Appeal from the United States District Court for the Western District of Washington. D.C. No. CV-92-05526-RJB. Robert J. Bryan, District Judge, Presiding
Before: Wright, Kozinski and Fernandez, Circuit Judges.
Under the Individuals with Disabilities Education Act (IDEA), 20 U.S.C. § 1400 et seq., parents and school officials must try to reach agreement on the appropriate educational program for a disabled student. We consider what happens when they fail.
Ryan K. is a fifteen-year-old student with Tourette's Syndrome and Attention Deficit Hyperactivity Disorder (ADHD). Prior to the events giving rise to this litigation, Ryan received special education services while enrolled in mainstream schools in the Puyallup School District. Between mid-January and mid-March 1992, Ryan's behavioral problems at Ballou Junior High School escalated dramatically. He frequently disrupted class by taunting other students with name-calling and profanity, insulting teachers with vulgar comments, directing sexually-explicit remarks at female students, refusing to follow directions, and kicking and hitting classroom furniture. In addition, Ryan was involved in several violent confrontations. On January 27, he received a one-day suspension for punching another student in the face. On February 10, he received a second suspension for pushing another student's head into a door. Finally, on March 12, Ryan was removed from school pursuant to an emergency expulsion order after he assaulted a school staff member.*fn1
Ryan's parents, Clyde and Sheila K., agreed with school officials that it was no longer safe for Ryan to remain at Ballou. Ryan's teachers and school administrators met shortly after his expulsion to discuss available alternatives. They suggested placing Ryan temporarily in an off-campus, self-contained program called Students Temporarily Away from Regular School (STARS), where Ryan would be in a more structured environment and receive more individualized attention. On March 17, 1992, the school notified Ryan's parents of its recommendation that Ryan be placed in STARS on an interim basis until he could be safely reintegrated into regular school programs.
Though Ryan's parents initially agreed with the school's proposed change of placement, they subsequently had second thoughts. On March 27, 1992, they requested a due process hearing under Wash. Admin. Code § 392-171-531; on April 6, they formally rejected placement at STARS until a new Individualized Education Program (IEP) had been drafted. After efforts to draft a new IEP broke down, Ryan's parents insisted that he return to Ballou for the remainder of the school year. Over the summer, a ten-day due process hearing was held pursuant to 20 U.S.C. § 1415(b)(2). The administrative law Judge issued her ruling on September 14, 1992, concluding that the school fully complied with the IDEA. The parents appealed to the district court, which, after hearing additional testimony and reviewing the record of the administrative proceedings, affirmed the ALJ's decision in all material respects on March 23, 1993.*fn2
As a preliminary matter, the parties disagree over who should have borne the burden of proof in the district court. The school clearly had the burden of proving at the administrative hearing that it complied with the IDEA. Ryan's parents contend the burden of proof remained on the school in the district court as well, even though they were the ones appealing the administrative ruling. Generally, the party challenging an agency's decision bears the burden of proof. Whether the IDEA calls for an exception to this general principle has yet to be decided in this circuit.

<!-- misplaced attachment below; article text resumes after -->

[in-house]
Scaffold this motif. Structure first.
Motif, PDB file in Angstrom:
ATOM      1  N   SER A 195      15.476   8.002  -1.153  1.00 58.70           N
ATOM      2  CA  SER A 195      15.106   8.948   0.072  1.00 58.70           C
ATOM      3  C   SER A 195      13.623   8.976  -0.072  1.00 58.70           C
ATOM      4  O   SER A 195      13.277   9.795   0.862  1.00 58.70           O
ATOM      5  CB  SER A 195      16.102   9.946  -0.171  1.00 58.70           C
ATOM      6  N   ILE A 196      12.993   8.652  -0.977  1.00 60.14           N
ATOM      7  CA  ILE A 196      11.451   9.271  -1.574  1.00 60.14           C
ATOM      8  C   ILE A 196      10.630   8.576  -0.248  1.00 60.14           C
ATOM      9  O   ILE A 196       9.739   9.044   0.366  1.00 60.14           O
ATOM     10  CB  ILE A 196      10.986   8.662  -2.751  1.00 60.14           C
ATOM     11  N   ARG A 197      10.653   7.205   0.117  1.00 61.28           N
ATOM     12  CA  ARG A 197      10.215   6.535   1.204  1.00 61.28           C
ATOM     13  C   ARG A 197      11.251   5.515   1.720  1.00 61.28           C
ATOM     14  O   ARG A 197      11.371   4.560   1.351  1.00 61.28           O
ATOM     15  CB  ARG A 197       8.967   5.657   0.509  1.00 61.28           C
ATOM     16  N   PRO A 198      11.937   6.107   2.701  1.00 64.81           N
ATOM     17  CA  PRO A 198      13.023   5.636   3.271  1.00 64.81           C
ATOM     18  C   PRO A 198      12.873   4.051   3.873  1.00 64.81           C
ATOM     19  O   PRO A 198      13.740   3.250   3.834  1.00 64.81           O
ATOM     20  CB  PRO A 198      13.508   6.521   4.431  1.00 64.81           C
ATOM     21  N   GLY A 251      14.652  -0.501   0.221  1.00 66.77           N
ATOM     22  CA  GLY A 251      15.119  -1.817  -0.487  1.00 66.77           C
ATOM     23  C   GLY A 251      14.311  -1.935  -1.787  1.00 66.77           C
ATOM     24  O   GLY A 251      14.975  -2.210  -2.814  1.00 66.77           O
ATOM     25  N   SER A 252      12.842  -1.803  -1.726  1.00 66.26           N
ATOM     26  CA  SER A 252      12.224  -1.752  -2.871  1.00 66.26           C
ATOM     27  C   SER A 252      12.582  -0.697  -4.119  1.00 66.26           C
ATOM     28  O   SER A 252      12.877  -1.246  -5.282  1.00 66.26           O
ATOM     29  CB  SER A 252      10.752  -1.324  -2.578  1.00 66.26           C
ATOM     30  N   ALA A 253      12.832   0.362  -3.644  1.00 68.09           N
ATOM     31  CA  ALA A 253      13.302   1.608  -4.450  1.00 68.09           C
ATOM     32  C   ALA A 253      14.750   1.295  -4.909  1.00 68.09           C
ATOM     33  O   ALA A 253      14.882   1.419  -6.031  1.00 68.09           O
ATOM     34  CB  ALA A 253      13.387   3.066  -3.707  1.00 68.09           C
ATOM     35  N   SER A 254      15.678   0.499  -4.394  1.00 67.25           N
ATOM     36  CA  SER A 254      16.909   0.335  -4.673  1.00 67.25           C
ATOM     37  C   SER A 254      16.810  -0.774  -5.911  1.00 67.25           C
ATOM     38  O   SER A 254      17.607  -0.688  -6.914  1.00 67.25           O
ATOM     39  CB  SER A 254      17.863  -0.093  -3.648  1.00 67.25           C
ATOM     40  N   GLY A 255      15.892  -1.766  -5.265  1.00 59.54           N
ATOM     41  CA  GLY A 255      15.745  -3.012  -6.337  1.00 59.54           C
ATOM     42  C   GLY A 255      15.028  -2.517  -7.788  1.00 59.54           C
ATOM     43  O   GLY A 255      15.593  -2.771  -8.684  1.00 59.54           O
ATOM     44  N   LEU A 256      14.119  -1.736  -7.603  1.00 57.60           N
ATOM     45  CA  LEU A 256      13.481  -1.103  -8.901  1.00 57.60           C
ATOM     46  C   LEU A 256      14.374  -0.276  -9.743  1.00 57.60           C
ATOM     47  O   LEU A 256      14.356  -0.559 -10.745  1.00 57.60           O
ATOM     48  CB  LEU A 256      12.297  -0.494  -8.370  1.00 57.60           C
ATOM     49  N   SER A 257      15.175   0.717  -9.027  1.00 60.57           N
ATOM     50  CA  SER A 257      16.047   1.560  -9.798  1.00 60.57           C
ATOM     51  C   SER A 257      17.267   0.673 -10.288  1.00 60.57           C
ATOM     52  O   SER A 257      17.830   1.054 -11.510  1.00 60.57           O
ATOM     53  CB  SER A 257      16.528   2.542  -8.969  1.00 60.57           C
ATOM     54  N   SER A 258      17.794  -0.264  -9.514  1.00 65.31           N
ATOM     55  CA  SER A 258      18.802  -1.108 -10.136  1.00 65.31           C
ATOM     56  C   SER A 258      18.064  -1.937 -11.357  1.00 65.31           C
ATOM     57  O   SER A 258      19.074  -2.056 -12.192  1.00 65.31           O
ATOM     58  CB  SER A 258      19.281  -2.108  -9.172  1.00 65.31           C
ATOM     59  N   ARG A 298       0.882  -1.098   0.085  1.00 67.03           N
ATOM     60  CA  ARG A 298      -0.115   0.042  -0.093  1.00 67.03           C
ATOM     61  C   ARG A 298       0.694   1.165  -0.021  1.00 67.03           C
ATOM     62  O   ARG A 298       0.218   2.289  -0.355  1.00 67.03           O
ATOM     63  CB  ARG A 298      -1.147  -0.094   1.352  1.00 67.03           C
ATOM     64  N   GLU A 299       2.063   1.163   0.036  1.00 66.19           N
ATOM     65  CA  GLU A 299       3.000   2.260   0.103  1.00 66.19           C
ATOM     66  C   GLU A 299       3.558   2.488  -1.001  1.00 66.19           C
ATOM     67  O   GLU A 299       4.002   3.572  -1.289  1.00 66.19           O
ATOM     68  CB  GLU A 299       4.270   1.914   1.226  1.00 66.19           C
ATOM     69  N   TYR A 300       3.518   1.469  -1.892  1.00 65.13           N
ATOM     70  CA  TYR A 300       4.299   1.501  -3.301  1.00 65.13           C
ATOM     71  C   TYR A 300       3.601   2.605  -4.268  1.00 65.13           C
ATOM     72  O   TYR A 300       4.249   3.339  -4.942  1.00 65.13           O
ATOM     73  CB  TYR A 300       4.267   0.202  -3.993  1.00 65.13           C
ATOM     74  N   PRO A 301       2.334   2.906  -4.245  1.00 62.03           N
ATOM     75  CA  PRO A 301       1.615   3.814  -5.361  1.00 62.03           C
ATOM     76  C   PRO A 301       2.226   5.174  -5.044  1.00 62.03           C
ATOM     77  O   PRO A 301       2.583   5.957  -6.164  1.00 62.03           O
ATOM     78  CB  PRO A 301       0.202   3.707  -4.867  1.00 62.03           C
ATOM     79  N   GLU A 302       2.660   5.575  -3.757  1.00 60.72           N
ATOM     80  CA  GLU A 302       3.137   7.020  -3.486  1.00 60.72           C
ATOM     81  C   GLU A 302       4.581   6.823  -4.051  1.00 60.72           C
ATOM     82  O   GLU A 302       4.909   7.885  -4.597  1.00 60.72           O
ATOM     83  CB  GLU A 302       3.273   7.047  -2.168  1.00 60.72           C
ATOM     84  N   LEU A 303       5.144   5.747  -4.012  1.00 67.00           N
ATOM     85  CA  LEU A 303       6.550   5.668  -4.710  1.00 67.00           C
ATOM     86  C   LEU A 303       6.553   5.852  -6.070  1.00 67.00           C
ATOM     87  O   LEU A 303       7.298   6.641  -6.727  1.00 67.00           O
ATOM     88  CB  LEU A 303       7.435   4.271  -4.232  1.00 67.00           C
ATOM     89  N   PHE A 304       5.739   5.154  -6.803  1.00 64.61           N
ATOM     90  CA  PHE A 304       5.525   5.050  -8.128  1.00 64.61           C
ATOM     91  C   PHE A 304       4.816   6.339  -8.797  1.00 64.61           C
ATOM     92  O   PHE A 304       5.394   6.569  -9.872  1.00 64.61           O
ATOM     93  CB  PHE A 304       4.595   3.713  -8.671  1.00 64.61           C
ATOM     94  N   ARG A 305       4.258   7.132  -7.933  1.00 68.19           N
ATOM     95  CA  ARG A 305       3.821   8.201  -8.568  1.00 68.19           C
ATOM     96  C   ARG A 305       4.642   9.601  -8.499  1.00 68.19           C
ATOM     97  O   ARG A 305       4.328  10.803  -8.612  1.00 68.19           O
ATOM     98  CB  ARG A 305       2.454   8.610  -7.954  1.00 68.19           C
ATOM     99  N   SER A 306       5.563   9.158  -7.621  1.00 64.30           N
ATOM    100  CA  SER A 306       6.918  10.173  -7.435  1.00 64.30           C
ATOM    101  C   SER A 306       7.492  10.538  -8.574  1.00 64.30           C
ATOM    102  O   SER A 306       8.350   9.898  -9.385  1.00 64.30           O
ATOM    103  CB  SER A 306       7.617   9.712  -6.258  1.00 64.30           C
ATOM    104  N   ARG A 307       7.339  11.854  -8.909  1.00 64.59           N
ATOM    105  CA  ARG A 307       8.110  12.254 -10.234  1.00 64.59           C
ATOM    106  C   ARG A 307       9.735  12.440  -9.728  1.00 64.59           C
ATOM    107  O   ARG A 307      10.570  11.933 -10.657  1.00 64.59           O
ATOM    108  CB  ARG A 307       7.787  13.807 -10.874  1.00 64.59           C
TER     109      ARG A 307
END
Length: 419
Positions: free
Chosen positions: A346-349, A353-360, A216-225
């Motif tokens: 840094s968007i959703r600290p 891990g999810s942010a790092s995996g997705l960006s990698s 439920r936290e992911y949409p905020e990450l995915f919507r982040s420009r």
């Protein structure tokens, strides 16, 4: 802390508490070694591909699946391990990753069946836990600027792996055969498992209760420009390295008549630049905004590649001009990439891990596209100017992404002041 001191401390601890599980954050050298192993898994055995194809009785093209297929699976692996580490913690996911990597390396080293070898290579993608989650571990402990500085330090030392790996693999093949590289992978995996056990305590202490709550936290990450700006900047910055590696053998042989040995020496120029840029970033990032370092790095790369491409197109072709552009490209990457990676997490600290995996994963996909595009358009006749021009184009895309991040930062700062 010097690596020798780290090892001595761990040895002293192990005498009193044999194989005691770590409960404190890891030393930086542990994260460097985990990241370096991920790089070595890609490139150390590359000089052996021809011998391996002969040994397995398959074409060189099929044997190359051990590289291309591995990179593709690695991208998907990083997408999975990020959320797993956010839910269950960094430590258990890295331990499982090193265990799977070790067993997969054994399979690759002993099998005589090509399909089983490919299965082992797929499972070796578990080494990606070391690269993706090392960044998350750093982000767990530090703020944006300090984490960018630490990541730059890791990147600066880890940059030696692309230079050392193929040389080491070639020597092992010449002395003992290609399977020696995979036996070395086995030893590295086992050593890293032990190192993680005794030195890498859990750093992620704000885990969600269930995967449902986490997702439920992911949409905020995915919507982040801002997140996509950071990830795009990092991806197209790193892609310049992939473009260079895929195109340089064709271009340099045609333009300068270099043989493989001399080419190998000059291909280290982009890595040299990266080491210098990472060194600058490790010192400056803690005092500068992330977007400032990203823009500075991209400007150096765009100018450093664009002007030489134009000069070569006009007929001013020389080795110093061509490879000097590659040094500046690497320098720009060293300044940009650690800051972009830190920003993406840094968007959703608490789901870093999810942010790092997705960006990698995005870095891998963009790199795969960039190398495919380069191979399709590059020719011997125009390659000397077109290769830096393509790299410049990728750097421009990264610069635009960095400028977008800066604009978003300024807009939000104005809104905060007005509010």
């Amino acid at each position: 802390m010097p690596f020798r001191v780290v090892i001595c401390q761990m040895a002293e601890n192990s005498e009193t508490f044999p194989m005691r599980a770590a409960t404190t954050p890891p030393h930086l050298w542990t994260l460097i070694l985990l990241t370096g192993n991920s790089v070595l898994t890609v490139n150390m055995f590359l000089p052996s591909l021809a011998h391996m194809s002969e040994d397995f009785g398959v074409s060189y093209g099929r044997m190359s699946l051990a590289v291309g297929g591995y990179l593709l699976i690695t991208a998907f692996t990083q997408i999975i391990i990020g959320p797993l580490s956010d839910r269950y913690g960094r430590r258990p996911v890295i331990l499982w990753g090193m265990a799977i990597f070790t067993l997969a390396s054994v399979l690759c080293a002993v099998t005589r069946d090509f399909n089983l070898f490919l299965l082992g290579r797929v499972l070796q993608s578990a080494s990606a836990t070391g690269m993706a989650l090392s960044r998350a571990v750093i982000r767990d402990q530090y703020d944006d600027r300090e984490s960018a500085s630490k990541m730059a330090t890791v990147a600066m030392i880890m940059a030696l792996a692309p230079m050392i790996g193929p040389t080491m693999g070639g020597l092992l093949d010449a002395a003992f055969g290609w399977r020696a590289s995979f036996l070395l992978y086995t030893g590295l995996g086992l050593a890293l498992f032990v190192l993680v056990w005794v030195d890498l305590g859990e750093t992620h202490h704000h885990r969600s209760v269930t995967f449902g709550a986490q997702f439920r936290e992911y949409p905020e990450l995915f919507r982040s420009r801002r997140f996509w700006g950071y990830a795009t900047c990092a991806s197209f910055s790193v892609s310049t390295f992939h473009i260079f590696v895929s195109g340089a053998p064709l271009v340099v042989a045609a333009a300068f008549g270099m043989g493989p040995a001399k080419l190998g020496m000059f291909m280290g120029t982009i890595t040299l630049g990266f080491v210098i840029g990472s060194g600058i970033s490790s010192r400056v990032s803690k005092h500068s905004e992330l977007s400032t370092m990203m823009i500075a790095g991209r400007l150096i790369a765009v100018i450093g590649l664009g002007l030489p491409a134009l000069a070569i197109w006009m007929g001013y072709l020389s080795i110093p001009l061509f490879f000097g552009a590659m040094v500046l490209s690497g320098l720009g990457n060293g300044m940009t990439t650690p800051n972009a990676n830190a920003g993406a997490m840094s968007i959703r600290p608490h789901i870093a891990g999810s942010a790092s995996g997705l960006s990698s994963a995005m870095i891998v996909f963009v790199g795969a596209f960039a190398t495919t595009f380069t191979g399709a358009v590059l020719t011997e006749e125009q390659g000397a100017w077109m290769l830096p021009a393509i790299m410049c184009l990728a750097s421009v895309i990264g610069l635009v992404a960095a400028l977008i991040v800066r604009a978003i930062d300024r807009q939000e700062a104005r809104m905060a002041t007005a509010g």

The parents rely on Oberti v. Board of Educ., 995 F.2d 1204 (3d Cir. 1993), which held that the burden of proof remains on the school even if the school prevails at the administrative hearing. The court in Oberti stated that placing the burden of proof on the school is essential to ensure that parents' rights under the IDEA aren't undermined. Id. at 1219. We note, however, that merely because a statute confers substantive rights on a favored group does not mean the group is also entitled to receive every procedural advantage. Absent clear statutory language to the contrary, procedural questions are resolved by neutral principles that are independent of any particular statute's substantive policy objectives. Allocation of the burden of proof has long been governed by the rule that the party bringing the lawsuit must persuade the court to grant the requested relief. Because we find nothing in the IDEA suggesting that a contrary standard should apply here, we join the substantial majority of the circuits that have addressed this issue by placing the burden of proof on the party challenging the administrative ruling. See Roland M. v. Concord Sch. Comm., 910 F.2d 983, 991 (1st Cir. 1990); Kerkam v. McKenzie, 274 U.S. App. D.C. 139, 862 F.2d 884, 887 (D.C. Cir. 1988); Spielberg v. Henrico County Pub. Sch., 853 F.2d 256, 258 n.2 (4th Cir. 1988).
Ryan's parents allege various procedural violations of the IDEA. We address each of these in turn.
A. On March 11, 1992, after Ryan had been suspended twice for assaulting other students, the school hired an aide to observe Ryan's behavior over a three-day period. The aide was hired at the urging of Ryan's doctors, who suggested that a first-hand report on his behavioral problems would be helpful in evaluating appropriate responses. Ryan's parents claim the school violated ...